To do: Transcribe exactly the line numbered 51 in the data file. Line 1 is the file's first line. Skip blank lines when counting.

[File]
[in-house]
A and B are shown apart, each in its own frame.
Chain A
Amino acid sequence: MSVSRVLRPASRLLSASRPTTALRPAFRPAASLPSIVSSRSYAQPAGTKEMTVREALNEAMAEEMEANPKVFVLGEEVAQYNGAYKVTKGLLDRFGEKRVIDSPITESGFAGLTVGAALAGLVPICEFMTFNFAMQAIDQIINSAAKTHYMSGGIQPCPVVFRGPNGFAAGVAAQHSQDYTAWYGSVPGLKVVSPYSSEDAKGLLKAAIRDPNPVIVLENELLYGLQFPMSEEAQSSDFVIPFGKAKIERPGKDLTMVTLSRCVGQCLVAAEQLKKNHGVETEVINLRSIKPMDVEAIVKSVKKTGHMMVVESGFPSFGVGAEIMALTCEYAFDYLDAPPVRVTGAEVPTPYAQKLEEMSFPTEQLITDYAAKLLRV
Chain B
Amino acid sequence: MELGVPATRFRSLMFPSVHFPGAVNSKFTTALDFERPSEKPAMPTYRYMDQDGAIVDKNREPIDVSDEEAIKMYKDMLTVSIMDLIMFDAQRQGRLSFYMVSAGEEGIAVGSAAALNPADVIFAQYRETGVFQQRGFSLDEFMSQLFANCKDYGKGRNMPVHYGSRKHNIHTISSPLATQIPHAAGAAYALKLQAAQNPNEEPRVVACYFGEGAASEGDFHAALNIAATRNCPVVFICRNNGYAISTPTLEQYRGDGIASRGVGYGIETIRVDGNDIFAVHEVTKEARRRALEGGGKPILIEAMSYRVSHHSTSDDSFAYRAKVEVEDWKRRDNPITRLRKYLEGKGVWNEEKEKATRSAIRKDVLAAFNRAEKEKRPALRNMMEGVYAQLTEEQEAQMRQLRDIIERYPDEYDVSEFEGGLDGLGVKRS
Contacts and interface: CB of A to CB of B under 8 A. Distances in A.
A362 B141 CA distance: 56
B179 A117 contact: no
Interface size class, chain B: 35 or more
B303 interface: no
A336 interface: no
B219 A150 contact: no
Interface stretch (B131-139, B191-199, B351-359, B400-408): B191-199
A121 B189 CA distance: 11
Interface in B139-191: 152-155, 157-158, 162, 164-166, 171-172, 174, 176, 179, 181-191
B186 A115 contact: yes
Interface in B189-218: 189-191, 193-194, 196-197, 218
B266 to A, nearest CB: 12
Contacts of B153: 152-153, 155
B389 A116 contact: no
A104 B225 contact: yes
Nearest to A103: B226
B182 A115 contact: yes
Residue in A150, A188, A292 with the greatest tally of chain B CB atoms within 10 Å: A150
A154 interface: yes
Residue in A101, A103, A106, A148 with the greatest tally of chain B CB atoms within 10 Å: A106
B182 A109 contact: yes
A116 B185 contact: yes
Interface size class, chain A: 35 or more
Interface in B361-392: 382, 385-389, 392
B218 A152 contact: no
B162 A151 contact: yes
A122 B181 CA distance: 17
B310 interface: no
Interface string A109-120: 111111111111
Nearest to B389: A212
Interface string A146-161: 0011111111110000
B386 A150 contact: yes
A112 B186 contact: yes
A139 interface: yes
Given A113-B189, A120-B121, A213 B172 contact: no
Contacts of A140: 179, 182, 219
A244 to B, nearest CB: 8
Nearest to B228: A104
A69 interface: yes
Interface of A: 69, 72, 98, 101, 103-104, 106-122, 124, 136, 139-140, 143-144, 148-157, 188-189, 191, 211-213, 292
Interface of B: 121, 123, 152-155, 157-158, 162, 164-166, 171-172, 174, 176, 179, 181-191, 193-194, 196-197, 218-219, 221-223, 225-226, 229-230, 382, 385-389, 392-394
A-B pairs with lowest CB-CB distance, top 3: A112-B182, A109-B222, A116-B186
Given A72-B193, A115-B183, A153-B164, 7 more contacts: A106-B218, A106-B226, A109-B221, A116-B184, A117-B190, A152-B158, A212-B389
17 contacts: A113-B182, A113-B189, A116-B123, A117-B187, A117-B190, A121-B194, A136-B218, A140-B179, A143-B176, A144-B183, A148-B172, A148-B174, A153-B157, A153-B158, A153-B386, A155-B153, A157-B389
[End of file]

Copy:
17 contacts: A113-B182, A113-B189, A116-B123, A117-B187, A117-B190, A121-B194, A136-B218, A140-B179, A143-B176, A144-B183, A148-B172, A148-B174, A153-B157, A153-B158, A153-B386, A155-B153, A157-B389